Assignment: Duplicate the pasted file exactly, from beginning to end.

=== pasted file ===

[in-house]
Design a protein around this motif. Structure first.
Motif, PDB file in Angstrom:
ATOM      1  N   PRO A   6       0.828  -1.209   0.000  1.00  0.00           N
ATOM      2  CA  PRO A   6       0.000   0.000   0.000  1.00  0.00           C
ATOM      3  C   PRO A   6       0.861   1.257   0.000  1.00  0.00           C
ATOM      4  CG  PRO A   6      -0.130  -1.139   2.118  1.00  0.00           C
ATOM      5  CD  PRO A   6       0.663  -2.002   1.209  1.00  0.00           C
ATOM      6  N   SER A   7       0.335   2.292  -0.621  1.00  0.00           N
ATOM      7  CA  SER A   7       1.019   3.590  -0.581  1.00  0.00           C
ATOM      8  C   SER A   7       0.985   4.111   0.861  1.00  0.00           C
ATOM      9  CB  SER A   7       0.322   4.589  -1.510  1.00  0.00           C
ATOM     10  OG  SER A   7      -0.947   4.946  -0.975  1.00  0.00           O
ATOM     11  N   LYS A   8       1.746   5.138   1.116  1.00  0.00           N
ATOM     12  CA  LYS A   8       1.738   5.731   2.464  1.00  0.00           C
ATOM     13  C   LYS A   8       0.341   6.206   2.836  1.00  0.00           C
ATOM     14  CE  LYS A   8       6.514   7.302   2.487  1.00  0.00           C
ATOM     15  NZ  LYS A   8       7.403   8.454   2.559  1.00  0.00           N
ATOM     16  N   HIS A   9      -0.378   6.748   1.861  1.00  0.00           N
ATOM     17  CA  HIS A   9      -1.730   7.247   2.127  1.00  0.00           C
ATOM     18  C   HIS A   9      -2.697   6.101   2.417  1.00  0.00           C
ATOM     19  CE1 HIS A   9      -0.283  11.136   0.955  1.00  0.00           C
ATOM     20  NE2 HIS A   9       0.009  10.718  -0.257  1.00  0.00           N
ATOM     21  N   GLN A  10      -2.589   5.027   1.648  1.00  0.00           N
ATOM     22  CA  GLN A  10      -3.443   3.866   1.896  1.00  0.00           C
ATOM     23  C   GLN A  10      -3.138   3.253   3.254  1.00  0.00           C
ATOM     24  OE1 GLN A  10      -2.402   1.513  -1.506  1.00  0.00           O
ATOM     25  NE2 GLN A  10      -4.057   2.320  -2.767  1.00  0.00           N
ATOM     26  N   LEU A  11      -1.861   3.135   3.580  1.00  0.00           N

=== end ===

[in-house]
Design a protein around this motif. Structure first.
Motif, PDB file in Angstrom:
ATOM      1  N   PRO A   6       0.828  -1.209   0.000  1.00  0.00           N
ATOM      2  CA  PRO A   6       0.000   0.000   0.000  1.00  0.00           C
ATOM      3  C   PRO A   6       0.861   1.257   0.000  1.00  0.00           C
ATOM      4  CG  PRO A   6      -0.130  -1.139   2.118  1.00  0.00           C
ATOM      5  CD  PRO A   6       0.663  -2.002   1.209  1.00  0.00           C
ATOM      6  N   SER A   7       0.335   2.292  -0.621  1.00  0.00           N
ATOM      7  CA  SER A   7       1.019   3.590  -0.581  1.00  0.00           C
ATOM      8  C   SER A   7       0.985   4.111   0.861  1.00  0.00           C
ATOM      9  CB  SER A   7       0.322   4.589  -1.510  1.00  0.00           C
ATOM     10  OG  SER A   7      -0.947   4.946  -0.975  1.00  0.00           O
ATOM     11  N   LYS A   8       1.746   5.138   1.116  1.00  0.00           N
ATOM     12  CA  LYS A   8       1.738   5.731   2.464  1.00  0.00           C
ATOM     13  C   LYS A   8       0.341   6.206   2.836  1.00  0.00           C
ATOM     14  CE  LYS A   8       6.514   7.302   2.487  1.00  0.00           C
ATOM     15  NZ  LYS A   8       7.403   8.454   2.559  1.00  0.00           N
ATOM     16  N   HIS A   9      -0.378   6.748   1.861  1.00  0.00           N
ATOM     17  CA  HIS A   9      -1.730   7.247   2.127  1.00  0.00           C
ATOM     18  C   HIS A   9      -2.697   6.101   2.417  1.00  0.00           C
ATOM     19  CE1 HIS A   9      -0.283  11.136   0.955  1.00  0.00           C
ATOM     20  NE2 HIS A   9       0.009  10.718  -0.257  1.00  0.00           N
ATOM     21  N   GLN A  10      -2.589   5.027   1.648  1.00  0.00           N
ATOM     22  CA  GLN A  10      -3.443   3.866   1.896  1.00  0.00           C
ATOM     23  C   GLN A  10      -3.138   3.253   3.254  1.00  0.00           C
ATOM     24  OE1 GLN A  10      -2.402   1.513  -1.506  1.00  0.00           O
ATOM     25  NE2 GLN A  10      -4.057   2.320  -2.767  1.00  0.00           N
ATOM     26  N   LEU A  11      -1.861   3.135   3.580  1.00  0.00           N